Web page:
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Saturday, 6 November 2010


Coal, much of it shipped to fuel China's industrial revolution is being extracted from the Bowen Basin in great quantity replacing sugar cane as the mainstay of Mackay's economy, with more and more attention to tourism.
What's became of the blokes?
On our way to the inland highlands, an horizon of blue mountains, we diverted to visit a sugar mill - Sarina Sugar Shed - learning yet again the familiar story of how the sweat and heroism of the cane cutters has been disenchanted by mechanisation - saurian machines surging through the fields, doing the work of a hundred blokes, incapable of inspiring a line of the drama - Summer of the Seventeenth Doll - a landmark play of the 1950s exploring the erosion of cherished Australian ideals of manhood. "Have you read it?" asked John "No" I said, vaguely recalling a Hollywood film starring Ernest Borgnine and John Mills, with an altogether different title.
Instead of cane-cutting feats we now have GT Chargers and occupational status, instead of Kewpie dolls we have dream homes and the latest deciduous mod-cons.... the replacement of the Colgardie safe by the fridge, the drover by the commuting executive. Summer of the Seventeenth Doll presages an Australia with a new face and a new set of clothes, yet one whose physiology is principally and depressingly the same. (Jack Hibberd, dramatist and critic writing about Ray Lawler's play in 1977)
An indulgence as we left was candy floss - something I've not enjoyed for sixty years, and as John discovered, not to be tried with a beard. So it goes, change upon change, and then...
...wonderful, exciting, memorable, yet at the same time utterly ordinary. Everyone knows about the bizarre animal, the Platypus, which, when first described by European explorers, was thought a hoax, like the composite grotesque exhibited as a feejee merman by P T Barnum. Yet far from being odd this little brown creature, hardly larger than a water vole, was going about its daily existence, living in a stretch of slightly murky water on the Broken River high in the hills of Mackay, 60 miles from the Coral Sea, in Eungella National Park.

Platypus from Simon Baddeley on Vimeo.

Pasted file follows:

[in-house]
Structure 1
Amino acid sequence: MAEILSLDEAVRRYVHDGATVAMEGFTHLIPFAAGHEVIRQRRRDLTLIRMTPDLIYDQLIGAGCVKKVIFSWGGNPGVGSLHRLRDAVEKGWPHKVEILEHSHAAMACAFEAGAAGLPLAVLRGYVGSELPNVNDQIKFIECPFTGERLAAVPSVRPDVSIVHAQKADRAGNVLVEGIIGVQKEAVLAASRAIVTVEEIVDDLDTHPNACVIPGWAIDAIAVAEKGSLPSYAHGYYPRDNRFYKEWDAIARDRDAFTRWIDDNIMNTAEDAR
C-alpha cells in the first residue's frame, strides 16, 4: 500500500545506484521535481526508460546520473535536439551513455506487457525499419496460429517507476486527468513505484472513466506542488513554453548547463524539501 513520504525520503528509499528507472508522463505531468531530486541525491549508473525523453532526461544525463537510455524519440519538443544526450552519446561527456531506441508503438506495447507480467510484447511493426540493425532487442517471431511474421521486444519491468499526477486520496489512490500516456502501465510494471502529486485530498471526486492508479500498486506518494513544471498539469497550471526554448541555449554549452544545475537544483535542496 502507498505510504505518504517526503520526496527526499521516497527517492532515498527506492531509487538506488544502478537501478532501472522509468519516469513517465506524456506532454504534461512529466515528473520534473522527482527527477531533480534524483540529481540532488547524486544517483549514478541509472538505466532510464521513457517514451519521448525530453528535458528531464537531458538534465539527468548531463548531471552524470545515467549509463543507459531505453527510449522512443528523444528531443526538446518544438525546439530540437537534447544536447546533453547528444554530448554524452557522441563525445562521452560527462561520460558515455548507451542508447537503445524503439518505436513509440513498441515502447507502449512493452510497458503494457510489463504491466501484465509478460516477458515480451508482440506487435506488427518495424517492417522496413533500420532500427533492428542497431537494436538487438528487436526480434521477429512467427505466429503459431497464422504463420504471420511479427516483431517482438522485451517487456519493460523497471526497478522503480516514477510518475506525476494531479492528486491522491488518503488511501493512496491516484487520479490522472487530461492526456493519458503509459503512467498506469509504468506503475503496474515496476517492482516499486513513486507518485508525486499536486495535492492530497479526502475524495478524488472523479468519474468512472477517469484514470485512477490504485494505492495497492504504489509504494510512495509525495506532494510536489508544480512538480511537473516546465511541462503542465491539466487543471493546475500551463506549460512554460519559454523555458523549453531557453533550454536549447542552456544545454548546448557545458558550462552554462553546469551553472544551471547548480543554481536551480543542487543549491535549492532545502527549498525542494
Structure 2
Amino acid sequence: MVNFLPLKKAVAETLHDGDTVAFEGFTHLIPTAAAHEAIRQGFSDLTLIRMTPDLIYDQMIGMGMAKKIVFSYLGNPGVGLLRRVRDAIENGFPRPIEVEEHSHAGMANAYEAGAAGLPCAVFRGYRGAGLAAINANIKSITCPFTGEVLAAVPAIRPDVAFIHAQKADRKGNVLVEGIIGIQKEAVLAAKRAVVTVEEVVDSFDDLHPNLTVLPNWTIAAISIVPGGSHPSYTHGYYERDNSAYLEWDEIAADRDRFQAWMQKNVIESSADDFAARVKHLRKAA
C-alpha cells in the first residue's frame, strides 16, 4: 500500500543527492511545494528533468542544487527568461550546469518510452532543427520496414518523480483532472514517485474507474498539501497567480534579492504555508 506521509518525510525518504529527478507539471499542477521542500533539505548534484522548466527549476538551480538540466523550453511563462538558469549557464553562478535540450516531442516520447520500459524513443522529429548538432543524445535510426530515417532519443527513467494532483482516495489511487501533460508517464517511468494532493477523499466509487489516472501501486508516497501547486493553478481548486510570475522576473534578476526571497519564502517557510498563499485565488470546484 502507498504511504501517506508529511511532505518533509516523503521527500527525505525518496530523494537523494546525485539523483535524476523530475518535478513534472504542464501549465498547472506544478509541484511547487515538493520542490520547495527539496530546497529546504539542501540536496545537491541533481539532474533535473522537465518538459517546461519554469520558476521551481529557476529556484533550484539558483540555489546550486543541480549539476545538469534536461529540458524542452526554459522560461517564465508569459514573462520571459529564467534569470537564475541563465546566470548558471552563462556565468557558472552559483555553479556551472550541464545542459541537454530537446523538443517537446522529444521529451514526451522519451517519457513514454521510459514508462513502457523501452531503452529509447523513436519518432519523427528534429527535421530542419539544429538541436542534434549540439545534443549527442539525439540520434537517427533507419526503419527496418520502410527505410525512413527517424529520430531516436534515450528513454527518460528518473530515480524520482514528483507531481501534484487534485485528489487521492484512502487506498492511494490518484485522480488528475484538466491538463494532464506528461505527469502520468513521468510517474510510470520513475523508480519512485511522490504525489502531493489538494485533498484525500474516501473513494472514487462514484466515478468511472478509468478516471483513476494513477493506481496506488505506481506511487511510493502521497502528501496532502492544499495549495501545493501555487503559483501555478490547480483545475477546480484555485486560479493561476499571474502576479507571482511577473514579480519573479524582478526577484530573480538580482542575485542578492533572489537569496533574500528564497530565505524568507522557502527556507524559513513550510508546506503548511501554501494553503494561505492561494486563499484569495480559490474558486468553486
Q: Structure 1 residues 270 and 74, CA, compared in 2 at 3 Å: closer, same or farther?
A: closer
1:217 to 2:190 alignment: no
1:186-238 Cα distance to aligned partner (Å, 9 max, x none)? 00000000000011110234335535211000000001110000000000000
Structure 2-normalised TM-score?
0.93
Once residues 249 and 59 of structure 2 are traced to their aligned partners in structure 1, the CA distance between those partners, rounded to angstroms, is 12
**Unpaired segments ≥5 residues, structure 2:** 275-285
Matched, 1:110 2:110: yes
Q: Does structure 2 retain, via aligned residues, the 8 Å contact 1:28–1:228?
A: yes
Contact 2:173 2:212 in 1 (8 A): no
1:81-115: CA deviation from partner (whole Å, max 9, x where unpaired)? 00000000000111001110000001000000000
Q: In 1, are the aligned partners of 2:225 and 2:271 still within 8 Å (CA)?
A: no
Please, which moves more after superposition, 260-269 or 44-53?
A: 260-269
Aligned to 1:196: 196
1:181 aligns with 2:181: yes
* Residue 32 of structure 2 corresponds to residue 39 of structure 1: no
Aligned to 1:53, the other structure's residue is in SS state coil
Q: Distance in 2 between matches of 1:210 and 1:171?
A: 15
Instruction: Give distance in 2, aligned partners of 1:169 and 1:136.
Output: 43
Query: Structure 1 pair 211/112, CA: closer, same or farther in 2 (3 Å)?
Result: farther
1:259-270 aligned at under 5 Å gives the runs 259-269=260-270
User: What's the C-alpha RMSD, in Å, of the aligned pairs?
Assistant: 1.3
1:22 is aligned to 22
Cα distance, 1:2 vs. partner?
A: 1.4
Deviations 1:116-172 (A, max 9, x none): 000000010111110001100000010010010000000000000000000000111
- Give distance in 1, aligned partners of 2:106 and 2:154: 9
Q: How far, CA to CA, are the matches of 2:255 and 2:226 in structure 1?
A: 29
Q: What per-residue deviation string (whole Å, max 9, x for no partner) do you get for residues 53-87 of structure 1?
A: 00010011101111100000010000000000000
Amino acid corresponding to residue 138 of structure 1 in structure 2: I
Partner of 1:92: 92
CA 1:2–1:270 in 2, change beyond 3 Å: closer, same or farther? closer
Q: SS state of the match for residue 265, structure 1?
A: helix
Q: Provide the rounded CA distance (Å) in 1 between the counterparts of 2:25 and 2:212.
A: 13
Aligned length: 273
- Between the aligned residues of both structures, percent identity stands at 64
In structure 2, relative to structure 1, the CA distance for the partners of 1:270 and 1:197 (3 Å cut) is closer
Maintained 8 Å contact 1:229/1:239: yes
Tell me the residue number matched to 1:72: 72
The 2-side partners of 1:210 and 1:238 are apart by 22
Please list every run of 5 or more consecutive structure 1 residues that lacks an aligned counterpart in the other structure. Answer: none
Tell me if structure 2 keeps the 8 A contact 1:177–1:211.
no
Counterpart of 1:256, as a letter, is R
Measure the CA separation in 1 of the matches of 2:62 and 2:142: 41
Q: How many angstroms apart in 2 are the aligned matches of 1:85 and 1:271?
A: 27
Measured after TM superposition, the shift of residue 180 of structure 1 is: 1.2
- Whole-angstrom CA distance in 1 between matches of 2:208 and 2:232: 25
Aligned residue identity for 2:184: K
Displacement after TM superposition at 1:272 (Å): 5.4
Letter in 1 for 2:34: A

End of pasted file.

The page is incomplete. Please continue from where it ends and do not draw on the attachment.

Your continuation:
Five seconds on the surface the little animal appeared, paddling, then tail-flipped to the shallow river bottom rooting with its beak for crayfish and other fare as it has since primordial times. Twenty seconds later it surfaces again, and we tourists gaze rapt, pointing our cameras to take silly snaps of a little shape as vague as a tabloid picture of the fabled 'bigfoot'. We had to wait a while, but once strolling along the well laid path beside the river bank, John, I and Lin saw a Platypus three times in three places, along with a Brown Snake, a large freshwater eel twisting with slow grace almost at our feet, many birds, including a jewel like kingfisher darting up and down the river, and slow moving turtles, their backs so mud-mossy they seemed fashioned of weathered bronze. High above the sugar cane fields between us and the coast at Mackay we gazed through, what the Park's service signed as a 'sky window' - a landscape suddenly appearing through the sub-tropical forest; no less magnificent for making all the brochures. Some places can cope with people. This was one of them, in part because the Australians know how to do national parks, affording them federal protection, husbanding them with consummate professionalism.
"There it is!" Lin on the Broken River (photo: John Martin)
** **  **
The second seminar of our tour, held in Mackay Regional Offices, went excellently. John and I complement each other as well as in any collaboration I've experienced, which is why I shall miss him while I'm in New Zealand. On Thursday's seminar we used film from Marion (Mayor Felicity Ann Lewis & CEO Mark Searle) and Wyndham (Mayor Shane Bourke and CEO Ian Robins) in Australia and from the UK - Birmingham (CEO Sir Michael Lyons and the then Leader - Cllr Theresa Stewart) and Woking (CEO Ray Morgan and then Leader - Cllr Sue Smith).
Professor John Martin and Simon Baddeley in Longreach (photo: Lin Baddeley)

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